The American Duchess Guide to 18th Century Dressmaking: How to Hand Sew Georgian Gowns and Wear Them With Style by Lauren Stowell (Author), Abby Cox (Author).
Lauren Stowell and Abby Cox of American Duchess have endeavored to make the impossible possible by bringing historically accurate dressmaking techniques into your sewing room. Learn how to make four of the most iconic 18th century silhouettes―the English Gown, Sacque Gown, Italian Gown and Round Gown―using the same hand sewing techniques done by historic dressmakers.
The Age of Undress by Amelia Rauser.
Dress in the Age of Jane Austen by Hilary Davidson.
Jane Austen at Home by Lucy Worsley
FASHION SILHOUETTES OF THE NINETEENTH CENTURY.
The First Empire (1804-1814), Restoration (1814-1830), Romantic period (1830-1848), Second Empire (1852-1870).
The chemise dress also empire dress, regency or chemise, was a long women’s dress made of thin, transparent fabric, usually muslin, common throughout Europe during the Directoire and Empire. It was cut like a tunic and usually gathered under the bust with a ribbon or belt and otherwise fell freely without a waist. The chemise dress was the most visible form of fashion à la grecque. Because of the translucent fabric, this style was also derisively and pejoratively called “nude fashion”.
The early part of the nineteenth century saw the classic type of costume developed into the one which was characteristic of the First Empire (1804-1814), when the skirts were still straight, with a little fullness, the sleeves long, and close-fitting, or very short and puffed, and the waist more abbreviated than before. The materials of the Empire period were heavily embroidered, spangled, and fringed, reflecting in texture, design and colour the influence of the Orient on the French at that time.
But this simplicity of silhouette was not destined to be more fortunate than its predecessors in remaining the favourite of whimsical fashion, for during the period of the Restoration (1814-1830), a decided change in costume occurred. The waistline, due to the return of the corset about 1809, was gradually lowered, until by 1822 it was in its normal position, its size and straightness of line being emphasised by a tight belt.
In order to balance the gradually increasing width of the bottom of the skirt, a width accentuated by over-abundant decorations, the sleeves were full at the top with much trimming. This passion for trimming extended to the hats which were wide in brim, high in crown, and profusely bedecked with flowers and ribbons. The hair was worn high at the back and gathered into bunches of curls at each side of the forehead.
The general silhouette of the Romantic period (1830-1848), was similar to that of the Restoration, the drooping shoulder line being its chief characteristic. The hair arrangement was simpler, the hair being drawn back from the face into a roll; curls about the face showing beneath the close-fitting bonnet were quite generally worn.
By the time of the Second Empire (1852-1870), the skirts had increased in width to such an extent that they remind one of the skirts of the sixteenth century. Crinolines and starched petticoats were worn, and usually flounces or some other form of crosswise decoration were applied to the voluminous skirts. The close-fitting bodice with its long shoulder remained, but the sleeves became tight at top, transferring their fullness to below the elbow. Bonnets and small hats of infinite variety of shapes were the modish head covering of the day.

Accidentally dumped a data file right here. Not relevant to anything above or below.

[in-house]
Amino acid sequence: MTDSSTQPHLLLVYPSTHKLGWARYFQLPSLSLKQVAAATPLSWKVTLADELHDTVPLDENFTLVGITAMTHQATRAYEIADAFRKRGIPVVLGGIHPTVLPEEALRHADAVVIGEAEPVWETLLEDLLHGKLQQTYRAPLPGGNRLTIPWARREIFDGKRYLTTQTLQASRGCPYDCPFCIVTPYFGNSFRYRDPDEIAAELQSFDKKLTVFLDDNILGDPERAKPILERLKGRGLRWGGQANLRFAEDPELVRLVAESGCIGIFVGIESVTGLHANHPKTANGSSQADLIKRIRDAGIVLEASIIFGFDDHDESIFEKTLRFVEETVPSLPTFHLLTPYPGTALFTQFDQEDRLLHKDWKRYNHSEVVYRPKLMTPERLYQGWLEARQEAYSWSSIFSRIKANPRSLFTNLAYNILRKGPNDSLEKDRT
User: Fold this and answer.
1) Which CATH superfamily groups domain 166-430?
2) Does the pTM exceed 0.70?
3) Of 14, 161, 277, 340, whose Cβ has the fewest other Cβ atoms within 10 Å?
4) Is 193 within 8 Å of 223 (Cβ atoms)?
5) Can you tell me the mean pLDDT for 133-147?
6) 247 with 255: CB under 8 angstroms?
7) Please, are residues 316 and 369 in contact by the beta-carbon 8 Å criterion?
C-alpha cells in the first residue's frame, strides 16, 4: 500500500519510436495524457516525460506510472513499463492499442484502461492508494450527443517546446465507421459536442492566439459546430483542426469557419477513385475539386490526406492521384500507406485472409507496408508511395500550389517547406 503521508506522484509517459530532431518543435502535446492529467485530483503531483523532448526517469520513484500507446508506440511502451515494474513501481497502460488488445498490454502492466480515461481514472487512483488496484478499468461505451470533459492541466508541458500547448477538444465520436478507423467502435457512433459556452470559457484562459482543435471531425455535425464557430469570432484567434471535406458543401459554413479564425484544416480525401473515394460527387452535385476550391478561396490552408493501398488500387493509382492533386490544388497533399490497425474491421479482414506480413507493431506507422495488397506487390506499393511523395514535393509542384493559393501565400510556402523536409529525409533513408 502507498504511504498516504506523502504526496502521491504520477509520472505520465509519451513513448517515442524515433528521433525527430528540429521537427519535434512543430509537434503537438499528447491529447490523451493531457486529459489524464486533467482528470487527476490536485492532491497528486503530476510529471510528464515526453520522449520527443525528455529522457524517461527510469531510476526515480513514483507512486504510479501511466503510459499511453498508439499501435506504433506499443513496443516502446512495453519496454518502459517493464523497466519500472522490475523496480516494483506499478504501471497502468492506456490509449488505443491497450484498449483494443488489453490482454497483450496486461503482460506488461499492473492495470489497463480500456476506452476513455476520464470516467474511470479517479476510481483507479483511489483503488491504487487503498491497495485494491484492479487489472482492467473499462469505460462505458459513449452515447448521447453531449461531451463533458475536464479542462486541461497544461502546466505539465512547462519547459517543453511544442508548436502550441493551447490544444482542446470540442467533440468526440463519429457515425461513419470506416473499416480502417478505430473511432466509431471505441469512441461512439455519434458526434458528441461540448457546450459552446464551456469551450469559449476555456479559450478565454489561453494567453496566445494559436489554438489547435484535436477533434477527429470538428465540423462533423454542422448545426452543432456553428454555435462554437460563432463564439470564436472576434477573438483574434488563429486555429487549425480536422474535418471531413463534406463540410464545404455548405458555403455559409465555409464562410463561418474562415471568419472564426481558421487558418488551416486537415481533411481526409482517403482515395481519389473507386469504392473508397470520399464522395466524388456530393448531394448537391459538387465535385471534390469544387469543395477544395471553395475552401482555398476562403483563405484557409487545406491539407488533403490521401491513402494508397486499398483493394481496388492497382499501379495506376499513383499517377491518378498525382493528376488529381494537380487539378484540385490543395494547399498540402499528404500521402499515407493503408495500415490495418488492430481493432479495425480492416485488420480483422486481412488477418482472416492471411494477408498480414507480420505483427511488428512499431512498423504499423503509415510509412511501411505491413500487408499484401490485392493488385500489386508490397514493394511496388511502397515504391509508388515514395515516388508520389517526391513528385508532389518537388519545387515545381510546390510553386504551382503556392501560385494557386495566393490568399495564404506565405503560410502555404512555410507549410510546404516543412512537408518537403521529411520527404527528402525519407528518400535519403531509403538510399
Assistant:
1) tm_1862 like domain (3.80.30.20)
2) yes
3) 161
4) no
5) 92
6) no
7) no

In the year 1870, the crinoline and full skirts finally succumbed to popular opposition, and were succeeded by the bustle and narrow Chinese skirt, which was worn over it.
By 1875 the skirts were so tight at the knees that great inconvenience was experienced in walking. The bodice, cut with a peplum below the waist line, was still close-fitting, and quite generally buttoned to the neck with a standing collar, the sleeves remaining fairly tight until about 1896, when the leg o’mutton sleeve reappeared to balance the increasing width of the long skirt.
The fabrics of this century show as great a variety as do the silhouettes, which they so greatly affected. The embroidered silks and other fabrics of the First Empire gave way in the time of the Restoration to fine cottons and light materials which took from the heavy appearance of the voluminous dresses, while in the Second Empire tulle, organdie, crepe, muslin, together with other light fabrics were as much in demand as the rich and costly silks manufactured at Lyons. Serge, cashmere, alpaca, and mohair won popular favour later in the century.
- Analyse carefully the silhouettes of this century, from the point of view of: Balance, relation to the natural lines of the body, ease and comfort in wearing.
- Collect family photographs of the time of the Civil War, and make free hand sketches of the silhouettes of the costumes.
- Trace the sources of inspiration for the nineteenth century costume silhouettes.
Support and Seduction: The History of Corsets and Bras (Abradale Books) by Beatrice Fontanel.
Thoughout the ages, women's breasts have been subjected to the endless whims of fashion. From the ancient Greeks to Mae West and Madonna, this light-hearted book charts the changing shapes of female beauty. The elegant and amusing images - including fashion drawings, paintings, photographs, and film stills - illustrate the often surprising history of the garments women have worn for support - and seduction.